Ga. Supreme Court Throws out Warrantless Blood Test Case

The Georgia Supreme Court has thrown out the DUI conviction of a Gwinnett driver whose blood was drawn without a search warrant. The state’s highest court released its opinion on the case stemming from the Sept. 22, 2012, arrest of John Cletus Williams, who was pulled over after driving erratically on Dacula’s Indian Shoals Road. Blood tests revealed that Williams had been under the influence of “two and a half times the normal therapeutic range” of the prescription drug Xanax, as well as oxycodone and butalbitol. A Gwinnett County judge ultimately found Williams guilty of driving under the influence and sentenced him to 30 days in jail. The conviction was appealed, however, on the basis that search warrant was not obtained for Williams’ blood. In its unanimous opinion, written by Presiding Justice P. Harris Hines, the Supreme Court argued that Williams did not provide “actual consent” to having his blood tested.

Do Cameras Violate Ohio's Constitution?

A Southwest Ohio judge has ruled that new restrictions on traffic cameras violate the state's constitution, granting the city of Dayton a permanent order blocking them. Montgomery County Common Pleas Judge Barbara Gorman says rules such as requiring police officers to be present when cameras are used violate the Ohio municipalities' "home rule" powers. She says the law passed late last year tells local governments how to allocate their law enforcement personnel. A spokesman says the Ohio attorney general's office will appeal. It's the second ruling against the restrictions that took effect last month. A Lucas County judge earlier granted a preliminary injunction sought by Toledo blocking the law. Dayton and Akron have continued using photo enforcement without officers present, while other cities halted use pending the outcome of various lawsuits.

Florida Judges say Red-Light Camera Program Violates State Law

Two Florida judges dismissed 24,000 red-light-camera on March 16, 2015 tickets from nearly every city in Broward county, finding that they were not issued as required by state statute. “We made the argument that the program was an improper delegation of police power because the videos were being sent out of state for employees of American Traffic Solutions to do the screening,” attorney Ted Hollander of Ticket Clinic told the South Florida Sun-Sentinel, adding: “You can’t enforce one law and break another, which is what these cities have been doing for the better part of four years now.” Workers at Arizona-based ATS screened the photos taken by red-light cameras, then returned them to local police for actual tickets to be issued, the newspaper explains. However, this procedure violated state law, “in that the city’s representative does not actually create or issue the Uniform Traffic Citation,” says a court order issued Monday concerning Fort Lauderdale, reports WPLG. Municipal officials throughout Broward County reportedly are working on revising procedures to get a green light on continuing to issue $264 red-light tickets.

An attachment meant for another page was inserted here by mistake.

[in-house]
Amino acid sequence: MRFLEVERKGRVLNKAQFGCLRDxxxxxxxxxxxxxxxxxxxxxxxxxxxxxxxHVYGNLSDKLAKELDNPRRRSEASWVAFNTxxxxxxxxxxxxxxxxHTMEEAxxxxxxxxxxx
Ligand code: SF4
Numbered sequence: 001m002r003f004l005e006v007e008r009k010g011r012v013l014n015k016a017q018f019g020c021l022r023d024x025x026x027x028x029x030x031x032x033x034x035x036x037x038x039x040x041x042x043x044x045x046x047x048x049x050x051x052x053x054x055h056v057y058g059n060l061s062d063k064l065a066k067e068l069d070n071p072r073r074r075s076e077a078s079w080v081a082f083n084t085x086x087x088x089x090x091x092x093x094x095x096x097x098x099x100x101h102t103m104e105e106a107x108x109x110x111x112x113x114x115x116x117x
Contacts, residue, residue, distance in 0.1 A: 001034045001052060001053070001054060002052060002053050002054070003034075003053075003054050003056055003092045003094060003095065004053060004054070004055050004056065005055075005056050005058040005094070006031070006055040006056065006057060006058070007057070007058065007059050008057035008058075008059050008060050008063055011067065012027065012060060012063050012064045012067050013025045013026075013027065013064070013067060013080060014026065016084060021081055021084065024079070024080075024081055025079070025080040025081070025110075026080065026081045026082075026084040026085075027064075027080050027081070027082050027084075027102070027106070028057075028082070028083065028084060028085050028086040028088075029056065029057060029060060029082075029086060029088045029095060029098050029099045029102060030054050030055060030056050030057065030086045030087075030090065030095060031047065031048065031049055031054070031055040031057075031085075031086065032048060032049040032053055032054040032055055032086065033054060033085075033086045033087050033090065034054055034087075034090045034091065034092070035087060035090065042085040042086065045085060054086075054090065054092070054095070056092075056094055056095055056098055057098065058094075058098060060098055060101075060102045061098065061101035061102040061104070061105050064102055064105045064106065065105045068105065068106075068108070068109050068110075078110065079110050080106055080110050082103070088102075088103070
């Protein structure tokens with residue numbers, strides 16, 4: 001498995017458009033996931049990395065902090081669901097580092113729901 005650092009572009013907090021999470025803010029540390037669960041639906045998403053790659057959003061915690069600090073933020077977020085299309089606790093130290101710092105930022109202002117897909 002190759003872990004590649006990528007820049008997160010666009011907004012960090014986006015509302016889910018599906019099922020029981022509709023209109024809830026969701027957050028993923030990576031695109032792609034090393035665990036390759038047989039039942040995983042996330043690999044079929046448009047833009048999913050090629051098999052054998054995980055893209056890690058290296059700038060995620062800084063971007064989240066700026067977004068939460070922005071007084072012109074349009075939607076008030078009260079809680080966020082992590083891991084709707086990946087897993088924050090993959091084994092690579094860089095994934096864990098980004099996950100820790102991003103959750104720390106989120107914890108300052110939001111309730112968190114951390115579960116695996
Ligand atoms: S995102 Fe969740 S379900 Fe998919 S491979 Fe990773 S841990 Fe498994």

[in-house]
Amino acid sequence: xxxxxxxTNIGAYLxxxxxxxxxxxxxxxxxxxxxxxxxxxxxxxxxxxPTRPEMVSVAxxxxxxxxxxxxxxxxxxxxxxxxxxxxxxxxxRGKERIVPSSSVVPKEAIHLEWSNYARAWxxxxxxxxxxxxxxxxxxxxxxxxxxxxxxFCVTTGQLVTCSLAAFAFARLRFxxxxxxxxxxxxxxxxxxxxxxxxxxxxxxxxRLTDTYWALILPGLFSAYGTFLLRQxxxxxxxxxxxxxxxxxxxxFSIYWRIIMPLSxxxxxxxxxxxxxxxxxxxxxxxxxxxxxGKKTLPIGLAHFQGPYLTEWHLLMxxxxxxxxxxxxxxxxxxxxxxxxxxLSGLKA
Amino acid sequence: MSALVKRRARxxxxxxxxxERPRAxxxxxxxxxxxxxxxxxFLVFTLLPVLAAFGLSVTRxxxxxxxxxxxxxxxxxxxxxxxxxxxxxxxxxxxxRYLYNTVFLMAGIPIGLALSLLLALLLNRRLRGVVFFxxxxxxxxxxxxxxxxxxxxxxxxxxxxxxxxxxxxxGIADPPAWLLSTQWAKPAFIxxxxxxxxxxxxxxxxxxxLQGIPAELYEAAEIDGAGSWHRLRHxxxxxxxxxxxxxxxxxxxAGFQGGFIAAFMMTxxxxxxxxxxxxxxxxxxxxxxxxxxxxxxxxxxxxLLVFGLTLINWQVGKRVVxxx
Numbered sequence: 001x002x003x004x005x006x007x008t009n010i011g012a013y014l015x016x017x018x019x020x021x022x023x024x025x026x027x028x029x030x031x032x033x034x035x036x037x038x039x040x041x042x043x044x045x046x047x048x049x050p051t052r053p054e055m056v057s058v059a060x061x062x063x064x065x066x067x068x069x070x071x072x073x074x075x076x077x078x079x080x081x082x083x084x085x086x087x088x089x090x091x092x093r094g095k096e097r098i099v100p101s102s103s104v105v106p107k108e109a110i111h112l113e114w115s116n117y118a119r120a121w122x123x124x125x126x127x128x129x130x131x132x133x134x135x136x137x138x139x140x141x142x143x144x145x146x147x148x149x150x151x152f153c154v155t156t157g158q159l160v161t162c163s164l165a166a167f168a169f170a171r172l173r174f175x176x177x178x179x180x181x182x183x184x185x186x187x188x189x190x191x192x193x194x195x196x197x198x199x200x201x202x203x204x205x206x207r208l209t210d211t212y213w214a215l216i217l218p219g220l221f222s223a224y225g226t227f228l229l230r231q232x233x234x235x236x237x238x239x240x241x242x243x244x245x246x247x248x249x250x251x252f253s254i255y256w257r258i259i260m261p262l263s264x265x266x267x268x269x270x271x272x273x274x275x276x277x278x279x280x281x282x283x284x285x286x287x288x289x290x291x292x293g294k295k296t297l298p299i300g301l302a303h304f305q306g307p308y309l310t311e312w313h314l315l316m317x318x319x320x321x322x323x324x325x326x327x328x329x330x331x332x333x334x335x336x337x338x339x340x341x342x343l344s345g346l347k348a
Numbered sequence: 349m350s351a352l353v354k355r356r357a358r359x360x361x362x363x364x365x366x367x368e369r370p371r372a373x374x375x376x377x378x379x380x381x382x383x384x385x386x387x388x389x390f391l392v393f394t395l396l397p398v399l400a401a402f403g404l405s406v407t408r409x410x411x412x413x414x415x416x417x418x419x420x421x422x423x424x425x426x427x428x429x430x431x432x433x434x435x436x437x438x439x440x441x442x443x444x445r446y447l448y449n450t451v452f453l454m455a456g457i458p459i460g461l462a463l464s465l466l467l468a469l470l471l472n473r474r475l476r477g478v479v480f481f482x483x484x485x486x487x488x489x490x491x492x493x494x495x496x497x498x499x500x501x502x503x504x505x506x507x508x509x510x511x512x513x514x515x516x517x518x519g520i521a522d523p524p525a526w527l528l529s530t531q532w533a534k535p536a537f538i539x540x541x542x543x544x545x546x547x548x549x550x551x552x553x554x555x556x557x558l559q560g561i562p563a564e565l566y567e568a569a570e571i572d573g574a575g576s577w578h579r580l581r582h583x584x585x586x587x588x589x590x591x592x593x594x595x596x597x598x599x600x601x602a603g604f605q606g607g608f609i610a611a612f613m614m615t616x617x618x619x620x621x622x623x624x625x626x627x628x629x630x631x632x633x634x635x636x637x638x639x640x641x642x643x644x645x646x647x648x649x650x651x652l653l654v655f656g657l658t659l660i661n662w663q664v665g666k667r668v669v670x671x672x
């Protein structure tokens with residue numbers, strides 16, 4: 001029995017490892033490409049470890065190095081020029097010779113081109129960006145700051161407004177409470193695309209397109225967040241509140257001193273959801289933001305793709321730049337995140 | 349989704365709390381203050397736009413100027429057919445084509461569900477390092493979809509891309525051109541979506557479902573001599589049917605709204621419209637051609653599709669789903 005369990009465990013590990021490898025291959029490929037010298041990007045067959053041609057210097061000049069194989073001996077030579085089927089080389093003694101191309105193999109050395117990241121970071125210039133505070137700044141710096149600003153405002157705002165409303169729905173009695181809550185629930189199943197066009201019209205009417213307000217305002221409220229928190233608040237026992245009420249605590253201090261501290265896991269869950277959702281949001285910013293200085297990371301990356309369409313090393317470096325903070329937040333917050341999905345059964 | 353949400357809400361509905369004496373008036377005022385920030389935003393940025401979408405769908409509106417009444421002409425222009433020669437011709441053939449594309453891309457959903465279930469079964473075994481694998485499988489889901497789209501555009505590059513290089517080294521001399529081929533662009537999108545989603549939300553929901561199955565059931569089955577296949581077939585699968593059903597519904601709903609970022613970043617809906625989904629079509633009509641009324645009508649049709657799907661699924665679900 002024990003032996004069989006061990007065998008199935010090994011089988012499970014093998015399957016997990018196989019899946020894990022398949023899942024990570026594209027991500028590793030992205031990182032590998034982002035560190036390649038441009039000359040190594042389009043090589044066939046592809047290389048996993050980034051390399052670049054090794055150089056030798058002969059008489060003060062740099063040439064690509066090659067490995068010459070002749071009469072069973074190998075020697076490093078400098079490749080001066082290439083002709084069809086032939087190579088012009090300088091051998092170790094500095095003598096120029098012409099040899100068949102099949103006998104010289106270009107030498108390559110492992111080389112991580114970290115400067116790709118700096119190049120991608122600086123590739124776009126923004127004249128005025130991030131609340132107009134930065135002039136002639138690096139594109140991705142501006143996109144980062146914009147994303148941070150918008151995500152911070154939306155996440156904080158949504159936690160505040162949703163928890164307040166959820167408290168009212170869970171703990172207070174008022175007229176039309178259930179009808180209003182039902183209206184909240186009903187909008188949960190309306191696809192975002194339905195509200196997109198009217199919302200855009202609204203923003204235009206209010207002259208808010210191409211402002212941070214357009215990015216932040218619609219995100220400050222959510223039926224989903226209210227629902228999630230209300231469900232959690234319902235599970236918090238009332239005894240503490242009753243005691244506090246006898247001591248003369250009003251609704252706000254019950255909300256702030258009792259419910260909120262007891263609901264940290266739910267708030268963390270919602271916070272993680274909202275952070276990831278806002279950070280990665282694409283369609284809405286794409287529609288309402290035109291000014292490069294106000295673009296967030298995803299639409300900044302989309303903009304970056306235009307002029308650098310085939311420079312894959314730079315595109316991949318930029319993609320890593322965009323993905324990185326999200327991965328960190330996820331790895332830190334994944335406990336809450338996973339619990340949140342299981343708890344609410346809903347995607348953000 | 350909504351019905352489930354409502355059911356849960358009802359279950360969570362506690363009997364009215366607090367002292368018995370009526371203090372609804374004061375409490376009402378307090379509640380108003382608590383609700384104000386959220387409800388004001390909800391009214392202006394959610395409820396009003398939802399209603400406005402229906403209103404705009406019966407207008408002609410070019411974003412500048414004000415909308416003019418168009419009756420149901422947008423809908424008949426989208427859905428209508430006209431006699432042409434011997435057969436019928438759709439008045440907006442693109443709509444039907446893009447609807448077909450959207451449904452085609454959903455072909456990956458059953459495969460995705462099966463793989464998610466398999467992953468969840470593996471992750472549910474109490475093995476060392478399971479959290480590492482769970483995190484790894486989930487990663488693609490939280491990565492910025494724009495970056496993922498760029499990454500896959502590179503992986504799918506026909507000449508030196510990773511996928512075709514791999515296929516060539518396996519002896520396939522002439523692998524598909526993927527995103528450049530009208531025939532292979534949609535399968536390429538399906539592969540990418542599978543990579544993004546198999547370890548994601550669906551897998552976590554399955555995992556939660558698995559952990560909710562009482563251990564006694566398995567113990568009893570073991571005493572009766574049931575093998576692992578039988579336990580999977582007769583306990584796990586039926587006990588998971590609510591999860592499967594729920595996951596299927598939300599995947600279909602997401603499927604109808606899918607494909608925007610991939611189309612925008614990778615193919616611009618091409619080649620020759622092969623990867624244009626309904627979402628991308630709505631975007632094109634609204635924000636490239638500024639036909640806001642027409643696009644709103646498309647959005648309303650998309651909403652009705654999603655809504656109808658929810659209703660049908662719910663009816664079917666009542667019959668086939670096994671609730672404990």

Circumstantial Evidence Allowed in DUI Cases

In a ruling originating out of Orange County, California on April 6, 2015, the state Supreme Court ruled that circumstantial evidence such as an officer’s observations can be used to show a motorist had a blood-alcohol level above the legal limit. The case began with Ashley Jourdan Coffey suing the state Department of Motor Vehicles, which suspended her driving privileges after she pleaded guilty to a “wet reckless” charge. Coffey was arrested Nov. 13, 2011, about 1:30 a.m., after an officer spotted her swerving while southbound on the Costa Mesa (55) Freeway. The officer concluded Coffey was drunk based on her red eyes, a strong odor of alcohol and her difficulty with field sobriety tests, according to the high court’s ruling.

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Trends in State Courts is an annual, peer-reviewed publication that highlights innovative practices in critical areas that are of interest to courts, and often serves as a guide for developing new initiatives and programs, and informing and supporting policy decisions. Trends is the only publication of its kind and enjoys a wide circulation among the state court community. It is distributed in hard copy and electronically. Submission for the monthly online version of Trends are welcomed. Please email abstracts of no more than 500 words to Deborah Smith at for consideration. Visit the Trends in State Courts website at 

NCSC Traffic Resource Center

The Traffic Resource Center is a cooperative effort between the Department of Transportation and the National Center for State Courts (NCSC) to establish a resource for judges, court administrators, court clerks, and other court staff on issues related to traffic adjudication. It is an integrated clearinghouse of information as well as a training and technical assistance resource to improve court decision-making and processing of traffic cases involving impaired driving, drugged driving, distracted driving, and commercial driving. The purpose of the Traffic Resource Center website is to provide a useful, ready reference for judges new to the bench or recently assigned to traffic cases, who may need quick access to accurate and timely information until they can receive more formal, structured education.

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